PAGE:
The spark of attraction knows no borders. In fact, the more exotic we find the object of our desire, the more we are attracted. So, with Valentine’s day around the corner, here are some thoughts on the path of true love with a foreign national.
Step 1: Love is in the Air
Many citizens of other countries come to the United States to study. They may be full-time academic students or vocational students, or English language students. Others come as foreign exchange visitors, au pairs, or visiting professors or researchers. Still, others come as diplomats, professional workers, athletes, models, artists, performers, or people seeking refuge from persecution. Many people visit the US each year as business visitors or tourists. Conversely, many US citizens or permanent residents do the same in other countries. All this foreign exchange produces engagements and marriages with people wanting to create joint lives together in the US.
Step 2: A Petition with USCIS
One way to a joint life in the US is the filing of a fiancé(e) petition. A US citizen can petition for their fiancée (feminine) or fiancé (masculine). However, the option is not available to permanent residents. When a US citizen petitions for a finacé(e), the couple must have met in person within the two-year period before filing the petition. There are two limited exceptions to this “meeting” rule. One exception is for situations where longstanding custom forbids such a meeting. The other exception is for situations where the meeting would cause extreme hardship for the US citizen.
Another option is the spousal petition. This option is available to US citizens and permanent residents alike. However, there is one big difference between the two. For US citizens, is no limit on the number of visas available for spouses or fiancé(e)s each year. This is not the case for permanent residents; there is a limit on the number visas for spouses of permanent residents each year. This limit on the number of visas means there is sometimes a wait of two years or longer before a visa number becomes available.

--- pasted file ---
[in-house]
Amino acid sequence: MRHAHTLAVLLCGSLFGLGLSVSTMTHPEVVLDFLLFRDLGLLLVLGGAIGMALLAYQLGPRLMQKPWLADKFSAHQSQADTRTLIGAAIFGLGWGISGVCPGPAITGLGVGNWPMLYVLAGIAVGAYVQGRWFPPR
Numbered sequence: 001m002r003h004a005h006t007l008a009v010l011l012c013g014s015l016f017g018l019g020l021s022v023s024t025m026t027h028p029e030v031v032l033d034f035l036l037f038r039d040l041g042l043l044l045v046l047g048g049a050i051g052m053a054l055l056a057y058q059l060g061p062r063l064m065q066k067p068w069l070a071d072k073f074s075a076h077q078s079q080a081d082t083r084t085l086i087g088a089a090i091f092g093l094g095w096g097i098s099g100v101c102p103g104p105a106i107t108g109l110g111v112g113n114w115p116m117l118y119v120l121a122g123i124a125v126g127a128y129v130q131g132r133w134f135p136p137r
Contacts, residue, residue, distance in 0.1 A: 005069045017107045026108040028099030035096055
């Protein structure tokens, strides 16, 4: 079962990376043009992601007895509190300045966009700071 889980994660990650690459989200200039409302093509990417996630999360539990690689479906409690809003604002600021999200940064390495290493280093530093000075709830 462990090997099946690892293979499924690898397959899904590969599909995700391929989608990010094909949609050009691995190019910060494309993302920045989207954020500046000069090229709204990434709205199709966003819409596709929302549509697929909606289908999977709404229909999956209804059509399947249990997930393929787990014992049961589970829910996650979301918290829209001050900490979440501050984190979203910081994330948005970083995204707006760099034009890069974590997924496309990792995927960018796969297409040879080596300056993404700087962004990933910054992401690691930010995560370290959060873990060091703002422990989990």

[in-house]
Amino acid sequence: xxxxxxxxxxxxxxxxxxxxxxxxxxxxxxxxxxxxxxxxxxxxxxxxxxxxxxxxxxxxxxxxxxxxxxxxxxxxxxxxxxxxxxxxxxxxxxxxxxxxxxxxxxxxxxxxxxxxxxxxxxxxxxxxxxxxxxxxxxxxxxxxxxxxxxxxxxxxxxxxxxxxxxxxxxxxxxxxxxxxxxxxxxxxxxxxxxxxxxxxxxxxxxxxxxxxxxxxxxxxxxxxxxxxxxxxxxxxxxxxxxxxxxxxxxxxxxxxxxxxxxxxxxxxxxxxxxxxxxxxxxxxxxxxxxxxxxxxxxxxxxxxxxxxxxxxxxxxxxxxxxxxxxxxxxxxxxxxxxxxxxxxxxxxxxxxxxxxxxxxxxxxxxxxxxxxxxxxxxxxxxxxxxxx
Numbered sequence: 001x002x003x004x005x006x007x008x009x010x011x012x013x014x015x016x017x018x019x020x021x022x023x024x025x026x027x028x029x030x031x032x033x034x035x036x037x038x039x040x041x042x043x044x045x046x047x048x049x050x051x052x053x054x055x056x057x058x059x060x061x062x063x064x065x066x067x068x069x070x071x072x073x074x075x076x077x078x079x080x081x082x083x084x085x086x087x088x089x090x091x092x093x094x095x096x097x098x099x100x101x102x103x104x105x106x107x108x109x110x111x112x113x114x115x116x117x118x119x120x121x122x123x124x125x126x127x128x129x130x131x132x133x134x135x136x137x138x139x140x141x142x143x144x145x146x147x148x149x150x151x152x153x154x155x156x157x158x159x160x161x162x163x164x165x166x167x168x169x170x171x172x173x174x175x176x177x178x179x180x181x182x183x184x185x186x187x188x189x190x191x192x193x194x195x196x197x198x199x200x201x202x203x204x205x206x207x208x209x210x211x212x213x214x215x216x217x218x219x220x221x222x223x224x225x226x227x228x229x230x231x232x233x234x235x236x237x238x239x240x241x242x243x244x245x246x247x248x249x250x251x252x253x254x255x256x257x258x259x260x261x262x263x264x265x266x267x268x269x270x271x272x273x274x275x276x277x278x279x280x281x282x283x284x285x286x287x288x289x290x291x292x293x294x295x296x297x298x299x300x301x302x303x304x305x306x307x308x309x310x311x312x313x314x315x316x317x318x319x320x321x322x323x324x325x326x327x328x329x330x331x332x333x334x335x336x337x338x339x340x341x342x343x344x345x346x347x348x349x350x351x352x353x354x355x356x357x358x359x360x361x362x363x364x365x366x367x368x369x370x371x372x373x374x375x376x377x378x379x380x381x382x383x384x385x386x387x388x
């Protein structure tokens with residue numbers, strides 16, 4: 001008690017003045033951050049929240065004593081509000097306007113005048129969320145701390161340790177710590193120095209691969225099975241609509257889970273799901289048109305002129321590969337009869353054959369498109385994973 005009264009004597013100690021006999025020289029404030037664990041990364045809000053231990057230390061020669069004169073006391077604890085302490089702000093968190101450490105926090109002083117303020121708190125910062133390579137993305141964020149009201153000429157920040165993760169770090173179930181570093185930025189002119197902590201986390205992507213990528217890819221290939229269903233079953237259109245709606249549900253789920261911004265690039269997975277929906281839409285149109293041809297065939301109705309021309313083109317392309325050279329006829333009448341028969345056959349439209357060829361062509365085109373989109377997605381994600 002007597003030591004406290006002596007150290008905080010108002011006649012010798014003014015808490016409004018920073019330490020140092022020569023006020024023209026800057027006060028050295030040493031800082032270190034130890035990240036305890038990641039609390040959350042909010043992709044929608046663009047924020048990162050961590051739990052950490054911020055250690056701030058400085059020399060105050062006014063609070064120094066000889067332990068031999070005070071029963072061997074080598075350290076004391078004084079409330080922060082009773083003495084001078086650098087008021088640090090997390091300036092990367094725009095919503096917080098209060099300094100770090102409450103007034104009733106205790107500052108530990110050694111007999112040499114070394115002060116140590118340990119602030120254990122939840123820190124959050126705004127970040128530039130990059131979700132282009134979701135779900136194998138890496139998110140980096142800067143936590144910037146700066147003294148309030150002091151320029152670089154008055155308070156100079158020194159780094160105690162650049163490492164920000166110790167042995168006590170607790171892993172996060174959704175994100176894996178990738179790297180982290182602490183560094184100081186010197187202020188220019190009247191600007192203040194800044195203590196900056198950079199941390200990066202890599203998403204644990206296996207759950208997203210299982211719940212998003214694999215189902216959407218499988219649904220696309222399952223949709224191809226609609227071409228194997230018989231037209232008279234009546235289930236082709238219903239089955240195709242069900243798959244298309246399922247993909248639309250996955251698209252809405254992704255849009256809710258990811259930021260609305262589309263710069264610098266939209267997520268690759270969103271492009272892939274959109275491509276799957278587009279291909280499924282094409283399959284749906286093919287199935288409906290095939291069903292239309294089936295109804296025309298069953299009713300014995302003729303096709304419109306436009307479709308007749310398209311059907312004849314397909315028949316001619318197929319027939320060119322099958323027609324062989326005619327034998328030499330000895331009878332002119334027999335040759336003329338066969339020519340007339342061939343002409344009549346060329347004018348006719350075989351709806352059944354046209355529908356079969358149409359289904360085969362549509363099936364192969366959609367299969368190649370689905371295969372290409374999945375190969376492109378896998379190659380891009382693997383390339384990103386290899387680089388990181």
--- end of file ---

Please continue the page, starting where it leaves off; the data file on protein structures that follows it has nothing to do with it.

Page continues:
Step 3: Adjustment of Status or Consular Processing
Step three is divided into two paths, depending on whether the foreign national is in the United States at the time of filing the petition, or not. If the fiancé(e) or spouse is in the US at that time, there is no need for a fiancé(e) petition. In many circumstances, the couple can get married, file the spousal petition and, at the same time, file the green card application. Unfortunately, this is not true if the foreign national crossed the border illegally or has some other bar to admissibility. In these circumstances, the foreign national will not be able to apply for the green card inside the United States and likely will require a waiver of one or more grounds of inadmissibility.
If the foreign national is abroad at the time that the US citizen files the petition, the foreign national will have to “consular process.” That is, s/he will apply for a fiancé(e) or immigrant visa, at the US consulate abroad.
Factors Complicating the Case
In the best of scenarios, these three steps about six months to about two years. However, if there are factors that complicate the case, the couple may have to wait a bit longer.
If any of the following are true of the foreign national, the case may take longer:
- Criminal convictions.
- Ties to a terrorist organization.
- Health problems.
- Unable to meet the new self-sufficiency requirements.
- The foreign national is still married to someone else.
- Final or of removal or deportation.
- Claims to US citizenship (like on an I-9 form).
If there are complicating factors present, it is strongly encouraged to seek the advice of an immigration lawyer before filing anything with the government.
Happily Ever After
If the couple completes the three steps successfully, the foreign national will become a permanent resident and will receive the coveted “green card.” In a majority of cases, the green card will be valid for two years only, and the couple will have to file to remove conditions on the foreign national’s residency. After this time, USCIS will issue the foreign national a green card that is valid for 10 years, and the pair can live out their days happily ever after in the US.
If you are a US citizen or lawful permanent resident and need assistance with your fiancé(e) petition or spousal petition, our experienced immigration lawyers can offer expert advice.